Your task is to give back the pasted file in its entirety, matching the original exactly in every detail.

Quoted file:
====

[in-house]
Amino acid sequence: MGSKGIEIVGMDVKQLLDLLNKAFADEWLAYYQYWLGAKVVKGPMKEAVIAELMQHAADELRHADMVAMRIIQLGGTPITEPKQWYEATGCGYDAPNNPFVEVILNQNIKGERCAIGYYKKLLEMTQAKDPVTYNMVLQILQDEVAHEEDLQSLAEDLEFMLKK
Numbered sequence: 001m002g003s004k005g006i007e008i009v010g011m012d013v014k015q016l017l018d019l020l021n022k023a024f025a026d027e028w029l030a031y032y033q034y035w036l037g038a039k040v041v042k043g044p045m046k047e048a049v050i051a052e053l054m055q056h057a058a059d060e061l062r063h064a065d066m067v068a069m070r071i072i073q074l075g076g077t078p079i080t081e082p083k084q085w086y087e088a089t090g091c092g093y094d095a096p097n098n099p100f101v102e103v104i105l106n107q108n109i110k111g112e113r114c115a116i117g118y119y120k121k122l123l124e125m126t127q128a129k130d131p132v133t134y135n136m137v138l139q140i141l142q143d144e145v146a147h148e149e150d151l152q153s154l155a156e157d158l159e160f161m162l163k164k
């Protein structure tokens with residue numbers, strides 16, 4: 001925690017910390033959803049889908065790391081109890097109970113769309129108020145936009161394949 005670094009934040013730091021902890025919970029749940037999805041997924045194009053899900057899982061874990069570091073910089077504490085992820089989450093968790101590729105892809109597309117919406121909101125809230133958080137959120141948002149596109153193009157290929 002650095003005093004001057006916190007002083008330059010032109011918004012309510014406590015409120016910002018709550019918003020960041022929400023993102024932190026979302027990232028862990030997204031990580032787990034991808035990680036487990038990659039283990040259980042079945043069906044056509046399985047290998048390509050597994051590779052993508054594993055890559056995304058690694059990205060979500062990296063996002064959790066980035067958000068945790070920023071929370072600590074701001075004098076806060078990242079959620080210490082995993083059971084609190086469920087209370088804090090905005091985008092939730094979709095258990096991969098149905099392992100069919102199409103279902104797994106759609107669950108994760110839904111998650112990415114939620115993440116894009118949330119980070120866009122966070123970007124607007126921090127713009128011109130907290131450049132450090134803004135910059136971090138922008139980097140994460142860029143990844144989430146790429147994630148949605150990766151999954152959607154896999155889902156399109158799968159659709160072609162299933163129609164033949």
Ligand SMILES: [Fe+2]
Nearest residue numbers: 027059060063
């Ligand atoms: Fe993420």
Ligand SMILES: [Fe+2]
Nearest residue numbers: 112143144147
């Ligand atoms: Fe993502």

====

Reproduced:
[in-house]
Amino acid sequence: MGSKGIEIVGMDVKQLLDLLNKAFADEWLAYYQYWLGAKVVKGPMKEAVIAELMQHAADELRHADMVAMRIIQLGGTPITEPKQWYEATGCGYDAPNNPFVEVILNQNIKGERCAIGYYKKLLEMTQAKDPVTYNMVLQILQDEVAHEEDLQSLAEDLEFMLKK
Numbered sequence: 001m002g003s004k005g006i007e008i009v010g011m012d013v014k015q016l017l018d019l020l021n022k023a024f025a026d027e028w029l030a031y032y033q034y035w036l037g038a039k040v041v042k043g044p045m046k047e048a049v050i051a052e053l054m055q056h057a058a059d060e061l062r063h064a065d066m067v068a069m070r071i072i073q074l075g076g077t078p079i080t081e082p083k084q085w086y087e088a089t090g091c092g093y094d095a096p097n098n099p100f101v102e103v104i105l106n107q108n109i110k111g112e113r114c115a116i117g118y119y120k121k122l123l124e125m126t127q128a129k130d131p132v133t134y135n136m137v138l139q140i141l142q143d144e145v146a147h148e149e150d151l152q153s154l155a156e157d158l159e160f161m162l163k164k
């Protein structure tokens with residue numbers, strides 16, 4: 001925690017910390033959803049889908065790391081109890097109970113769309129108020145936009161394949 005670094009934040013730091021902890025919970029749940037999805041997924045194009053899900057899982061874990069570091073910089077504490085992820089989450093968790101590729105892809109597309117919406121909101125809230133958080137959120141948002149596109153193009157290929 002650095003005093004001057006916190007002083008330059010032109011918004012309510014406590015409120016910002018709550019918003020960041022929400023993102024932190026979302027990232028862990030997204031990580032787990034991808035990680036487990038990659039283990040259980042079945043069906044056509046399985047290998048390509050597994051590779052993508054594993055890559056995304058690694059990205060979500062990296063996002064959790066980035067958000068945790070920023071929370072600590074701001075004098076806060078990242079959620080210490082995993083059971084609190086469920087209370088804090090905005091985008092939730094979709095258990096991969098149905099392992100069919102199409103279902104797994106759609107669950108994760110839904111998650112990415114939620115993440116894009118949330119980070120866009122966070123970007124607007126921090127713009128011109130907290131450049132450090134803004135910059136971090138922008139980097140994460142860029143990844144989430146790429147994630148949605150990766151999954152959607154896999155889902156399109158799968159659709160072609162299933163129609164033949």
Ligand SMILES: [Fe+2]
Nearest residue numbers: 027059060063
């Ligand atoms: Fe993420």
Ligand SMILES: [Fe+2]
Nearest residue numbers: 112143144147
């Ligand atoms: Fe993502």